4. Non-Competitive Auction: if an insufficient number of Vendors participate in the Auction, but buyer may invalidate the auction, resulting in no winner.

Possibly the most significant difference between GSA and B2B Reverse auctions is that post-auction pricing negotiations are almost never conducted following GSA Reverse Auctions.

"post-auction pricing negotiations are almost never conducted following GSA Reverse Auctions"

While the low-bidder doesn't always win, the incumbent supplier is not given an informal chance to match the low bid after the auction has been completed, as we see done so commonly in B2B Auctions.

 

Bidding Strategies

Now that we better understand the live auction mechanics and award selection process, a few key strategies come to the surface as best practices:

Be Online When Time Expires:  Because there are no automatic extensions, you MUST be online in the 15 minutes before the Auction ends.  This allows you to do two things:

(1) Undercut the Low Bidder at the Last Second (Sniping): catch other competitors unaware by taking the lead with only moments to spare.  Odds are they will not be online and able to counter in time.  Be cautious, however, as Vendors may have entered Proxy bids that will automatically re-bid for them.  Give yourself at least 10 minutes so you can respond as needed.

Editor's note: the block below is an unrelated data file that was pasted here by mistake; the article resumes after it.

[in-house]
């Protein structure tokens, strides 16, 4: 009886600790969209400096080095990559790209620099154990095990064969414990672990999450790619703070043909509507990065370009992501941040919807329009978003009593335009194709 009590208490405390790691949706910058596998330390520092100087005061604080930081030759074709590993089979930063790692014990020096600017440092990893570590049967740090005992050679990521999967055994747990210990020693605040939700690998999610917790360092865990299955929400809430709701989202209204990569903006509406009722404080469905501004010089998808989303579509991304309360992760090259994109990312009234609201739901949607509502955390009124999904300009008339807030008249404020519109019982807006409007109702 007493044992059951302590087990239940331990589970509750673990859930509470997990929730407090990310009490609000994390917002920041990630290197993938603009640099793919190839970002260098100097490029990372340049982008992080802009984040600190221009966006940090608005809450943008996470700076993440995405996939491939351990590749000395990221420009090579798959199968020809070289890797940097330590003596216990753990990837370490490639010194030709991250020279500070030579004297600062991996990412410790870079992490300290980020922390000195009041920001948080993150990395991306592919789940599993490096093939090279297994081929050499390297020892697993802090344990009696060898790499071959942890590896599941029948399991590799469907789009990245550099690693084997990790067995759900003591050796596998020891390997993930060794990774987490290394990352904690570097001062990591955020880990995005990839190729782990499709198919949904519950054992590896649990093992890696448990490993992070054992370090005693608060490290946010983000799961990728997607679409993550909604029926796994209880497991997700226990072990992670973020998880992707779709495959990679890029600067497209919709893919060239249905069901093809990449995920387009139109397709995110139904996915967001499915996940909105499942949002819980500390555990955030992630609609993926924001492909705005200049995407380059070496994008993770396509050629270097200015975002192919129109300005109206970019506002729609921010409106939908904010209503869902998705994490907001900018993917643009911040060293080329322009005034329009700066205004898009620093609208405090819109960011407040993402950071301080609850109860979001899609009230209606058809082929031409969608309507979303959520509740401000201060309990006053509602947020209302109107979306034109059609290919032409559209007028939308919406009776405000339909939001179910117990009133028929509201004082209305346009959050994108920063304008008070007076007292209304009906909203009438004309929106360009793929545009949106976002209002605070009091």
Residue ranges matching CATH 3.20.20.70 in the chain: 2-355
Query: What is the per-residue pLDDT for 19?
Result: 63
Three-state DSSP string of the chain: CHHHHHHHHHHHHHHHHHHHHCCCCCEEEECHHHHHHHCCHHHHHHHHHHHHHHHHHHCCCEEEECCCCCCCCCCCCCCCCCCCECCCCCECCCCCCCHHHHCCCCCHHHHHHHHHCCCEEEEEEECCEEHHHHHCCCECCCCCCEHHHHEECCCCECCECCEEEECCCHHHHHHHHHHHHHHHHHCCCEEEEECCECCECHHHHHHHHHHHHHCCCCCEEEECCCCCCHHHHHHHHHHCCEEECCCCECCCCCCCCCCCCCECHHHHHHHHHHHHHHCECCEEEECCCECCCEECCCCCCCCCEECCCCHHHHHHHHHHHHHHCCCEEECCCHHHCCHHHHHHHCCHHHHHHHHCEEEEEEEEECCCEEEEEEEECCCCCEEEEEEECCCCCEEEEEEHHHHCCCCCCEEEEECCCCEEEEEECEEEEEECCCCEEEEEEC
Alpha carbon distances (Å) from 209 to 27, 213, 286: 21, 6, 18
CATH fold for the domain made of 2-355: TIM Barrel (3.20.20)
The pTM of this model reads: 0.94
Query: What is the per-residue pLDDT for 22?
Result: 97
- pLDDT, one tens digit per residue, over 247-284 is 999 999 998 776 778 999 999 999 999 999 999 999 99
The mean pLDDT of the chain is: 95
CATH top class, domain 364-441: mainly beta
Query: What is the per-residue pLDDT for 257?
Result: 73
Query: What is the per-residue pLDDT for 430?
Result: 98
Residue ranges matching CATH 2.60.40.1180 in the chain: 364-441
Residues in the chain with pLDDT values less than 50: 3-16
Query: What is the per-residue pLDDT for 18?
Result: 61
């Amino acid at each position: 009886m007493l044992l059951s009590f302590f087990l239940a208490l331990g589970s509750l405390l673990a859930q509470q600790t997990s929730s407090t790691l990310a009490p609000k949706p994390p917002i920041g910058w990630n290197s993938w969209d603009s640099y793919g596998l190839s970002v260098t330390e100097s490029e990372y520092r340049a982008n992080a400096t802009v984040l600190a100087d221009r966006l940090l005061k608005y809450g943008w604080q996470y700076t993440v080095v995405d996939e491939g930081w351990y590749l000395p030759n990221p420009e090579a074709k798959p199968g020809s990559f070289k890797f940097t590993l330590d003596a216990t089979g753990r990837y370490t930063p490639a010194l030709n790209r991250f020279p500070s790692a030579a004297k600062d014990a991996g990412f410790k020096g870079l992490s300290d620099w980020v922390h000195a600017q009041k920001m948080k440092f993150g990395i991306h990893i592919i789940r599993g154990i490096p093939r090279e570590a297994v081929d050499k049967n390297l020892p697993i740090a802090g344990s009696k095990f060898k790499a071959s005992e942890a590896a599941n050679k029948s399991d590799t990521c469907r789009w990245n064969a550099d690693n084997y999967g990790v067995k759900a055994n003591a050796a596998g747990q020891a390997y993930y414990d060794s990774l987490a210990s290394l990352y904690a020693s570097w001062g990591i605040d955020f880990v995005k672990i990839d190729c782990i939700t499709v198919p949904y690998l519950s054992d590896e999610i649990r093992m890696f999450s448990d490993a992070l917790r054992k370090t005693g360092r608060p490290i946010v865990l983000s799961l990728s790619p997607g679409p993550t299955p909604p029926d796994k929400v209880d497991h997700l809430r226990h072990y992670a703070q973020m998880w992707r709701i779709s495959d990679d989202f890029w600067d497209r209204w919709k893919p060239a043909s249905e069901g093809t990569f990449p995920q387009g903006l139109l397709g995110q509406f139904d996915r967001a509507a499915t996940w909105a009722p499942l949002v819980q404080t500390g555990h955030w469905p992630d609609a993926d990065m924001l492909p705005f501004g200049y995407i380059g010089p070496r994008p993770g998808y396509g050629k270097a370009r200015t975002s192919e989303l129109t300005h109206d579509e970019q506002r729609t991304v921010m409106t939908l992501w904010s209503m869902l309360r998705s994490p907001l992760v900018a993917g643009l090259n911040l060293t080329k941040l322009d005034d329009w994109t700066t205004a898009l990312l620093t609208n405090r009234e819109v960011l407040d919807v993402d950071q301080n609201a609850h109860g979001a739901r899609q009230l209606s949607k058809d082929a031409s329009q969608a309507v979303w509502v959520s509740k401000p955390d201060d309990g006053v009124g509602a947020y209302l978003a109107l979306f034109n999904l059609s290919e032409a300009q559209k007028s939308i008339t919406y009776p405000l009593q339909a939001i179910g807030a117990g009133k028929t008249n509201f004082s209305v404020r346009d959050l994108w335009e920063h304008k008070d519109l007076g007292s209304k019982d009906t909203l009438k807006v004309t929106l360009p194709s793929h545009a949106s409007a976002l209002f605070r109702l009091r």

(2) Respond to Snipers: if you are the lowest bidder, you must also be online at the end to respond to any sniping from fellow competitors.

Don't Chase Absurdly Low Pricing: buying departments know the value of goods they are buying.  Never chase a bid that has a high probability of disqualification because it is not realistically supportable.

However........

NEVER Finish in a Close 2nd Place Position: While we strongly recommend 2nd place finishes in B2B Auctions, in GSA Events you will need to beat all other supportable prices to have the best overall chance at receiving an award.  

Conclusion

GSA Reverse Auctions are growing rapidly and offer an excellent opportunity for registered Small Businesses to grow.  Always keep in mind the difference between the GSA and B2B processes when bidding and you will have an excellent chance at developing a profitable supply position with the United States Government.

There's so much more to learn!  Please let us know if you have any specific questions using our Contact page.  We are always happy to help!